After an automobile accident, you’re swept up in a world of insurance providers, tow trucks, and care for your family. You may be so focused on getting your life back in order that you ignore your own personal health.
Overlooking injuries can be dangerous after a crash. Even if you feel like you are fine, your injuries could be more serious than you think. Most experts recommend seeing a doctor within 72 hours of a car accident to make sure you can recover fully.
Let’s explore four types of injuries you can experience after a crash and why they should be taken seriously.
The Cliff Notes: Key Takeaways From This Post
We explored the four common types of injuries you can experience after a crash; however, here are the key bullet points if you are in a rush:
- Whiplash is a common car accident injury caused when the body moves rapidly forward and the head and neck snaps back; it can be prevented with a headrest but up to 50 percent of cases still lead to chronic problems.
- Traumatic brain injury (TBI) like concussions can be serious, with 2.8 million emergency room visits in 2013 from such injuries and 50,000 deaths reported.
- Internal bleeding can occur due to trauma or punctures from foreign objects; warning signs include abdominal pain/swelling, dizziness, fainting, nausea or severe headaches.
- Broken bones range in severity and healing time – it may take up to two months (or more) for recovery and medical treatment is an important aspect of ensuring proper compensation after a car accident.
Whiplash is one of the most common car accident injuries. It occurs when your body is thrust forward during a crash causing your head and neck to snap back when your seatbelt or airbag catches you. While your headrest can reduce the impacts of whiplash, it can’t prevent it entirely.
There are more than three million new cases of whiplash each year, and up to 50 percent of these cases lead to chronic neck problems. To prevent this, look for the warning signs. If you have pain in your neck, stiffness, pain in your upper arms, dizziness, or fatigue, you may be experiencing whiplash.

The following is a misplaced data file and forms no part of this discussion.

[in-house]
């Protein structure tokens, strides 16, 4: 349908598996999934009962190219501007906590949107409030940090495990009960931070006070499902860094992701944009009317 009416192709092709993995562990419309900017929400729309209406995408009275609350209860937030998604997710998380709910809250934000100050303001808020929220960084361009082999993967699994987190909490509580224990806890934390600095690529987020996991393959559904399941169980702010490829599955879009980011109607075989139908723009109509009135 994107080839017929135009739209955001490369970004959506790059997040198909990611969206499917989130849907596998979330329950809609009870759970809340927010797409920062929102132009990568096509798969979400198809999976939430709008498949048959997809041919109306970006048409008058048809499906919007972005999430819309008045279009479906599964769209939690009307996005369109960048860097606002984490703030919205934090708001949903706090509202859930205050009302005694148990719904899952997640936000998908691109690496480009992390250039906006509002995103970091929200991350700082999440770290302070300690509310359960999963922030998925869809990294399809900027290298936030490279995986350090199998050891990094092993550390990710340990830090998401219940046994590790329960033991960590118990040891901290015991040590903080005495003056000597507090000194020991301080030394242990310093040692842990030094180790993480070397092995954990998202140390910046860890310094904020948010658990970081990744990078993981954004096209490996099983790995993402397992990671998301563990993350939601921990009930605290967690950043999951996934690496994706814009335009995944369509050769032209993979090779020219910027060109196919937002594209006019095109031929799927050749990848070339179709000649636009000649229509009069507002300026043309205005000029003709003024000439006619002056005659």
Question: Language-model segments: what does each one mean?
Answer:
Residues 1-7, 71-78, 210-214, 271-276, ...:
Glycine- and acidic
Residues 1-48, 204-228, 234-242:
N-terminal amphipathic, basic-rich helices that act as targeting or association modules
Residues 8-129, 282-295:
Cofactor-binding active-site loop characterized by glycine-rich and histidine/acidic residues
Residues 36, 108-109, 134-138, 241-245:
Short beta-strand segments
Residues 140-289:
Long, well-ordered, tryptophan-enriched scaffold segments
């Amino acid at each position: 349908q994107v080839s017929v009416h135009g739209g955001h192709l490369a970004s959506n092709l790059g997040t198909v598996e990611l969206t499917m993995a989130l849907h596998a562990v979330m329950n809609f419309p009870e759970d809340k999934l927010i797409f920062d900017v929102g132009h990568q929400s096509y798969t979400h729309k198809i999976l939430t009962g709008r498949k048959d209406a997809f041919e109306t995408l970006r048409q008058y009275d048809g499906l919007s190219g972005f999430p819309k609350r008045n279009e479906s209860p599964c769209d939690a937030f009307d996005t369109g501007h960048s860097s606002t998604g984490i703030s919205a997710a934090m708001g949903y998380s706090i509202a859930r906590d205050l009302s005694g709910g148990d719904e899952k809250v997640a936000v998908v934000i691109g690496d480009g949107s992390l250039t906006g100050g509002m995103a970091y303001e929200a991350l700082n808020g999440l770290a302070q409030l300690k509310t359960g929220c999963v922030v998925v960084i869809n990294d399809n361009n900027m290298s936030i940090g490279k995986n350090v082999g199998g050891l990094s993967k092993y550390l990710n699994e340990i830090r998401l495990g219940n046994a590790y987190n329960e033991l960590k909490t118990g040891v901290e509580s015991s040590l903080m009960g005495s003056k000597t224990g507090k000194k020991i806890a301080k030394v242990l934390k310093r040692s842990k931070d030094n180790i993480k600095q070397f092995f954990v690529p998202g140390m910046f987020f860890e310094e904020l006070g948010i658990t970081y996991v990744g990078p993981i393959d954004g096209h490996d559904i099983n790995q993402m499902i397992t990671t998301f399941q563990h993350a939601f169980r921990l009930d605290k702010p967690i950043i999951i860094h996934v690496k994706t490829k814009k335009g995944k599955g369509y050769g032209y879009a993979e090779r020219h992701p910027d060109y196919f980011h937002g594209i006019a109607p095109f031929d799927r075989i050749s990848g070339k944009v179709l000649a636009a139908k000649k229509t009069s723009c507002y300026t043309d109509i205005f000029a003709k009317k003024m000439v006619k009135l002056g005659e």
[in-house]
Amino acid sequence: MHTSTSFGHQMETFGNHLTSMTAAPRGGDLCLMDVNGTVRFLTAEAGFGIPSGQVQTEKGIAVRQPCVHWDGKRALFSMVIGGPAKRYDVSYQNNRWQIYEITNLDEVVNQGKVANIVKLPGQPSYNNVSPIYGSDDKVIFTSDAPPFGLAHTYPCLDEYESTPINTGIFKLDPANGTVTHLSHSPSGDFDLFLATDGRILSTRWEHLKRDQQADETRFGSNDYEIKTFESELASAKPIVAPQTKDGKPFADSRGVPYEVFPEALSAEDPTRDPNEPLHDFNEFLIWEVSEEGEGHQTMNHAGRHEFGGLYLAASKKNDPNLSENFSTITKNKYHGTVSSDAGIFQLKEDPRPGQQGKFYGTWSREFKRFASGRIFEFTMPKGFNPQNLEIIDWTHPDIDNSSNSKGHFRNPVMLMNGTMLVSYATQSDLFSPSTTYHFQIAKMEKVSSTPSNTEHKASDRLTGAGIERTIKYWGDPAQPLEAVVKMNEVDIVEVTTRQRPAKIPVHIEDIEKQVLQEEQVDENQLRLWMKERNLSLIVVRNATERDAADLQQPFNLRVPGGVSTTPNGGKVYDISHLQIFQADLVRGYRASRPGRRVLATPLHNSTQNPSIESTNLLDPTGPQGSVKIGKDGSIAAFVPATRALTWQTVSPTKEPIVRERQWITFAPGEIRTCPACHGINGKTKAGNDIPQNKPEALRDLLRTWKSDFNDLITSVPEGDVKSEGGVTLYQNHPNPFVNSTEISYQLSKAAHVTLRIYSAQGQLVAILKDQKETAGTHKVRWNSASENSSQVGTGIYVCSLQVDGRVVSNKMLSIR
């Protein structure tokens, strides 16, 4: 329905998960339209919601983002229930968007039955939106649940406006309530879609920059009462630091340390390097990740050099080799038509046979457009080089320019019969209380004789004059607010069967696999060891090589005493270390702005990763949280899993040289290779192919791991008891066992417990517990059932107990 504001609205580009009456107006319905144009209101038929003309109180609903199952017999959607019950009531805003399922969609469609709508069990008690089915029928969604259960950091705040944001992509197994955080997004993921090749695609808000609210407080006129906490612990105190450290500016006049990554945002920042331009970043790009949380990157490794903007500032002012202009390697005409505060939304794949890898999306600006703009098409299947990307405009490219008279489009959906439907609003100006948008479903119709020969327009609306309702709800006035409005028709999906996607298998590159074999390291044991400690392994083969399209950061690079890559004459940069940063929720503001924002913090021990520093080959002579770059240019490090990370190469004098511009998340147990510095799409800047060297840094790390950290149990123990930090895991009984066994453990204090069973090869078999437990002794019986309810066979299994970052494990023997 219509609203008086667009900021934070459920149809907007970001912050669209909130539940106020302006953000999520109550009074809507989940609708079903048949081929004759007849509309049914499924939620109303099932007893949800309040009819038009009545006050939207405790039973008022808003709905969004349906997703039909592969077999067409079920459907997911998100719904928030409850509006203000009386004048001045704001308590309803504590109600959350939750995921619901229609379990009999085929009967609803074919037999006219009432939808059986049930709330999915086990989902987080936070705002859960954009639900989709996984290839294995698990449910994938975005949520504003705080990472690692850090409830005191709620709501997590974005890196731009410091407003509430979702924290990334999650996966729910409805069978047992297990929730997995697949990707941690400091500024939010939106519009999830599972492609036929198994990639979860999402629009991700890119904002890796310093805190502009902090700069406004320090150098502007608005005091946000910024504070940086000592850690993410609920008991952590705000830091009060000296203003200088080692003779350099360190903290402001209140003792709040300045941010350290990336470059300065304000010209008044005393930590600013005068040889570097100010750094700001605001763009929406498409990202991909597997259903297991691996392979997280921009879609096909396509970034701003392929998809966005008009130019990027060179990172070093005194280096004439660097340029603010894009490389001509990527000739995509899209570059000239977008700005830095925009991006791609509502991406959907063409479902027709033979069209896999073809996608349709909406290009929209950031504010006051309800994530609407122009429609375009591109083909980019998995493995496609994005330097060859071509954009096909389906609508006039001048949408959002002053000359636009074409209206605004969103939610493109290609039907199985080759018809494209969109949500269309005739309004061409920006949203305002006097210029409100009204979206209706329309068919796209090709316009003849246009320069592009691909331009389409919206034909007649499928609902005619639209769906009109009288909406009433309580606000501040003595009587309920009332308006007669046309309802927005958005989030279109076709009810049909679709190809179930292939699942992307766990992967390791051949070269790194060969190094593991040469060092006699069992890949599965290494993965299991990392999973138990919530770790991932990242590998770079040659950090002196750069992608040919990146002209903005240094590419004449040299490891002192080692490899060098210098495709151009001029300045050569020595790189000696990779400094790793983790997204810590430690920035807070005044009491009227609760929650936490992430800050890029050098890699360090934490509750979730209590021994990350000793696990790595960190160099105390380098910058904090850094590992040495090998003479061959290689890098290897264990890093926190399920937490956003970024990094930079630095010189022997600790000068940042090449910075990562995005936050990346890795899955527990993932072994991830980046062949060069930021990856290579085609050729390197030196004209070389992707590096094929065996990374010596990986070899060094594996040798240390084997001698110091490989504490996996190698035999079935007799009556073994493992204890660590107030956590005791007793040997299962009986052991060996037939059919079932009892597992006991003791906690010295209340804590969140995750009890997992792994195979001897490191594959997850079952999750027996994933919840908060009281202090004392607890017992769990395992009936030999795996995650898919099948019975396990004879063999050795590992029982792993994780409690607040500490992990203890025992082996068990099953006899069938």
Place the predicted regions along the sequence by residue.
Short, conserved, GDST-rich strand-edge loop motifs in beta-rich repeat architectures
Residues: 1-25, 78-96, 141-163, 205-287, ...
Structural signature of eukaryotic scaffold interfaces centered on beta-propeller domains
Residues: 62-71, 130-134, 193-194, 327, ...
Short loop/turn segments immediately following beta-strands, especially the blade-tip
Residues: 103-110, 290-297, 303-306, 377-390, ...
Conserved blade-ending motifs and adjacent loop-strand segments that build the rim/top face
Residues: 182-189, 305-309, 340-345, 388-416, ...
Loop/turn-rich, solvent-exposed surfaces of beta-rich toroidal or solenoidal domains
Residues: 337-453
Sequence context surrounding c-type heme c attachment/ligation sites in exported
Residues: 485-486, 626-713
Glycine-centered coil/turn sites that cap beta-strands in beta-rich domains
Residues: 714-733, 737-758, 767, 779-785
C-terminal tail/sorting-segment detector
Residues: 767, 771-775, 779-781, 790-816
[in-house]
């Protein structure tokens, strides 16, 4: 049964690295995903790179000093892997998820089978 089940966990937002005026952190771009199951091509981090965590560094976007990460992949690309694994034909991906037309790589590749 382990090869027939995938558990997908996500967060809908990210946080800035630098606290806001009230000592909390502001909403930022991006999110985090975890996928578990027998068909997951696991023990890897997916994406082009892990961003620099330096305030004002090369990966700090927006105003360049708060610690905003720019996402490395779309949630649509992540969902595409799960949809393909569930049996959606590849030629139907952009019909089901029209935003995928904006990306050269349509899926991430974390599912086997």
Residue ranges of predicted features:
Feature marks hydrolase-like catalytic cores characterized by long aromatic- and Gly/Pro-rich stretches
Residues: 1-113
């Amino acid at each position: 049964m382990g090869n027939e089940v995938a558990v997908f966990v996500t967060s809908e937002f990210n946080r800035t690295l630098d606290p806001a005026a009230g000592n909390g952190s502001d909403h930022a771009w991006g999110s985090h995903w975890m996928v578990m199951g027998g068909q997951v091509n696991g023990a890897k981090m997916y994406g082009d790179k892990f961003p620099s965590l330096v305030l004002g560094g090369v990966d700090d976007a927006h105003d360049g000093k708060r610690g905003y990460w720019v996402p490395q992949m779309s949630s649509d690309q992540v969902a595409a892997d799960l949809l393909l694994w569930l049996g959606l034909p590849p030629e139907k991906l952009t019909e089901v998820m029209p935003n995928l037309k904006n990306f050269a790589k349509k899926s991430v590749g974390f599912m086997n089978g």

Concussions and Brain Damage
A traumatic brain injury (TBI) like a concussion might not be obvious at first. Some symptoms may manifest after a few hours and you might just think that you have a bad headache. Unfortunately, these injuries are incredibly serious. In 2013, about 2.8 million people visited the emergency room because of a TBI and 50,000 people died from their injuries, according to the CDC.
Concussions occur when the force of trauma makes your brain hit your skull and jostle around your head. If you hit your head during the crash, seek treatment immediately. Something you think is minor could actually be a major problem.
What looks like a dark bruise could actually be internal bleeding. Internal bleeding is either caused by trauma hitting your body (like when your body hits a wall) or by punctures from foreign objects.
There are a few key signs that you are experiencing internal bleeding instead of just bruising. These include abdominal pain and swelling, dizziness, fainting from blood loss, nausea, or severe headaches. These are all warning signs that your internal organs aren’t functioning properly and that you should seek medical attention immediately.
Broken bones come in all break types and parts of the body. In a car accident, you might have minor broken bones in a few fingers, or major breaks in your ribs, arms, legs, or collarbone. Depending on the location of the break, your doctor may recommend surgery or put you in a cast for a few weeks. It can take up to two months (and sometimes more) to heal.
Your health is the first priority in the moments after a car accident. However, seeking medical treatment can also help your insurance claim. You can prove that you took the injury seriously and collect detailed information on the events after the crash.
Let a medical professional help you heal and then call the personal injury attorneys at Herman & Wells to make sure you get the compensation you need following a crash.